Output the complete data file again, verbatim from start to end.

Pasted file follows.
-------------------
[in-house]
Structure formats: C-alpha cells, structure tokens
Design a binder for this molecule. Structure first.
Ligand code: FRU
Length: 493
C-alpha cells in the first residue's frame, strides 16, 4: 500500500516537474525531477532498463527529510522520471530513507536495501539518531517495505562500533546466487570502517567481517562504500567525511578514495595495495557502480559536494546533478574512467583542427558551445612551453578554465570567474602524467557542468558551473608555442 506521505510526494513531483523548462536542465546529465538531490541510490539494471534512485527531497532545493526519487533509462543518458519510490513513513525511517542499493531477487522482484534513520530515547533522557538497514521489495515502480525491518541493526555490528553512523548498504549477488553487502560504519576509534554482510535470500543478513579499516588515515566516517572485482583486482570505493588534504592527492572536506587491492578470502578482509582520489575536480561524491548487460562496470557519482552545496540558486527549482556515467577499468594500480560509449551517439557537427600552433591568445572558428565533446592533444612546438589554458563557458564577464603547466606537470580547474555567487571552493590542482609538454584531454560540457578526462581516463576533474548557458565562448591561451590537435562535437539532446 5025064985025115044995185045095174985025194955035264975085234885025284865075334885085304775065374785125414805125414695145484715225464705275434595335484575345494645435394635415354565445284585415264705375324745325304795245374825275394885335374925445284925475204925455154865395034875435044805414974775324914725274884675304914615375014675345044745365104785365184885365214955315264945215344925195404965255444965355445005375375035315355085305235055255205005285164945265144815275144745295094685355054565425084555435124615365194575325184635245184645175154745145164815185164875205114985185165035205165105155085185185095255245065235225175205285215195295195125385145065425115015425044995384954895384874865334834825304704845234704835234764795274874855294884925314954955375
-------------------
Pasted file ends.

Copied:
[in-house]
Structure formats: C-alpha cells, structure tokens
Design a binder for this molecule. Structure first.
Ligand code: FRU
Length: 493
C-alpha cells in the first residue's frame, strides 16, 4: 500500500516537474525531477532498463527529510522520471530513507536495501539518531517495505562500533546466487570502517567481517562504500567525511578514495595495495557502480559536494546533478574512467583542427558551445612551453578554465570567474602524467557542468558551473608555442 506521505510526494513531483523548462536542465546529465538531490541510490539494471534512485527531497532545493526519487533509462543518458519510490513513513525511517542499493531477487522482484534513520530515547533522557538497514521489495515502480525491518541493526555490528553512523548498504549477488553487502560504519576509534554482510535470500543478513579499516588515515566516517572485482583486482570505493588534504592527492572536506587491492578470502578482509582520489575536480561524491548487460562496470557519482552545496540558486527549482556515467577499468594500480560509449551517439557537427600552433591568445572558428565533446592533444612546438589554458563557458564577464603547466606537470580547474555567487571552493590542482609538454584531454560540457578526462581516463576533474548557458565562448591561451590537435562535437539532446 5025064985025115044995185045095174985025194955035264975085234885025284865075334885085304775065374785125414805125414695145484715225464705275434595335484575345494645435394635415354565445284585415264705375324745325304795245374825275394885335374925445284925475204925455154865395034875435044805414974775324914725274884675304914615375014675345044745365104785365184885365214955315264945215344925195404965255444965355445005375375035315355085305235055255205005285164945265144815275144745295094685355054565425084555435124615365194575325184635245184645175154745145164815185164875205114985185165035205165105155085185185095255245065235225175205285215195295195125385145065425115015425044995384954895384874865334834825304704845234704835234764795274874855294884925314954955375